Most HF rigs have a noise blanker (NB) feature. It does reduce some types of noise (car ignition noise and such). How does it really work?
I've read it has negative side-effects with strong signals, which is why it is not enabled all the time.
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Some types of noise are very short bursts of energy. Car ignition noise is one example. Power-line noise caused by switching triacs in light dimmers is another. For example, see the top image here:
This image also illustrates the effect of band-pass filtering on these pulses. The middle image shows the effect of filtering the pulses through a SSB filter, and the bottom image through a narrower CW filter. Though the filters remove the higher harmonics of the pulses, they do this at the expense of introducing ringing and "smearing" the pulse over a longer time.
This is why noise blankers are desirable for this kind of noise: if you can chop out the noise in the time domain, just for those very brief pulses, without introducing the ringing that a bandpass filter would introduce. A noise blanker detects when these noise pulses occur, and then attenuates the receiver for the duration of the pulse.
The downside is that this has the potential to introduce more noise and distortion than it removes. Attenuating the signal for these brief periods is equivalent to multiplying the signal by a square wave which is usually 1 but is 0 for the brief periods where the attenuation is happening.
This can be viewed as a kind of amplitude modulation or mixing, and what you get at the output are frequency components that are the sum and the difference of the frequency components of the original signal, and the square wave from the noise blanker. The square wave, being very rich in harmonics, creates frequency components over a wide band. An analogous and more familiar phenomenon happens in CW: if the carrier is switched on or off too quickly we get "key clicks" or "splatter". In a noise blanker we aren't switching on and off a carrier, but rather whatever signal we might be receiving, but the mechanism by which noise is introduced is the same.
Thus, practical noise blankers filter the square wave, such as by limiting the slew rate of the attenuation or such. This reduces the harmonic content of that square wave, thus reducing the distortion introduced by the blanker. There's a trade-off to be made here: more filtering of the blanking square wave means it can't cut out the pulses with the same precision because it can't respond as quickly, so the trick is to adjust the response to remove as much as the pulse as possible, as little of everything else as possible, while introducing a minimum of distortion.
The main problem with strong signals is that it makes it more difficult to find the noise pulses. Recall from the image that if the signal is filtered, the pulses get smeared and the noise blanker becomes ineffective. Thus, the noise blanker is most effective where receive bandwidth is greatest: right at the antenna, and not behind any receive filters. However, if there are strong signals present anywhere, even not necessarily at the tuned frequency, then these signals contain peaks which can look, to the noise blanker, like noise.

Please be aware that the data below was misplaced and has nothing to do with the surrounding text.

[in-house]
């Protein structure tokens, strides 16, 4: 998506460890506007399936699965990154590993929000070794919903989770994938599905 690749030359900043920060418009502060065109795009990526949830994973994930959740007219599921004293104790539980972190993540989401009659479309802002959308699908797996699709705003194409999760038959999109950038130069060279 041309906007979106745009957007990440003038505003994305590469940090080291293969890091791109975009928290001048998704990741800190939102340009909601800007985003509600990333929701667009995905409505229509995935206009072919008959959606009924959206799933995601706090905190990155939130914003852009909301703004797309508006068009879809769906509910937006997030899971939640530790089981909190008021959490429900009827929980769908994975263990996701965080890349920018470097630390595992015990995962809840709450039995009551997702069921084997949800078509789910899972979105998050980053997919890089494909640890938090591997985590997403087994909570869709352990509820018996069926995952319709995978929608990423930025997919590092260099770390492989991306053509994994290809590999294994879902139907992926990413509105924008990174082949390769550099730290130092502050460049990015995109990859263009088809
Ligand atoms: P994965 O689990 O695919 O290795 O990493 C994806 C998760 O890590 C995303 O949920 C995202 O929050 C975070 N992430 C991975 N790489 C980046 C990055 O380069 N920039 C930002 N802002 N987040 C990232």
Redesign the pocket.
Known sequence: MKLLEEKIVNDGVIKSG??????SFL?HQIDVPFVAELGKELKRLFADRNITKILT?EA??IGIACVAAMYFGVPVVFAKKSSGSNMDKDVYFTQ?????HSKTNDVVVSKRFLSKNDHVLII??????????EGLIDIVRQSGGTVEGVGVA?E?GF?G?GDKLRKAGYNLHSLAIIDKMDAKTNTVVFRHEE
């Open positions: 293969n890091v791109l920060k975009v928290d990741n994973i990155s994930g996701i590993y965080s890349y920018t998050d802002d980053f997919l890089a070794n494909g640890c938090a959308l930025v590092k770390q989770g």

Different kinds of noise blankers have different ways of deciding what peaks are "noise" and what are not, and may be more or less susceptible to being confused in a particular situation. There are many kinds of noise, and many kinds of band conditions, so there is no one noise blanker design that works in all situations. Thus, one will always want the ability to enable or disable the noise blanker.
The traditional noise blanker that Phil, W8II describes is useless when there are strong signals within the passband of the blanker. Strong in relation to the interference pulses that is. Blanking the strong signals causes keying clicks that become stronger than the original interference...
There are two traditional ways, reduce the blanker bandwidth to place strong signals outside the blanker path or increase the bandwidth (very much.) At 100 times larger bandwidth the pulses contain 100 times more energy and are also 100 times shorter (if you are lucky) If the wider bandwidth does not give many more strong signals the 100 times larger bandwidth is a 40 dB advantage. In the seventies I was using a blanker on 144 MHz with a 5 MHz bandwidth with excellent results in Stockholm where many strong stations were present on the band: http://www.sm5bsz.com/blanker.htm
I was made aware of selective blankers a couple of years later: https://ieeexplore.ieee.org/document/1447305
My attempts to attenuate strong signals by use of NMR failed, but with the Pentium MMX enough CPU power had become available to do selective limiting in software. http://www.sm5bsz.com/pcdsp/sellim.htm (this is part of a description of my first SDR in a PC: http://www.sm5bsz.com/pcdsp/pcdroot.htm
Today anyone can use Linrad which has a feature to route strong signals outside the blanker. Here is a demo: https://www.youtube.com/watch?v=qMd5y036HtA http://www.sm5bsz.com/linuxdsp/blanker/leon2001/leon2001.htm
Operating the blankers in Linrad is non-trivial, but it can be very rewarding.
The Perseus v5 has a "vectorial blanker" which sometimes can be very useful. I do not know how it works but you can see some of it here: https://www.youtube.com/watch?v=sA36EzcS684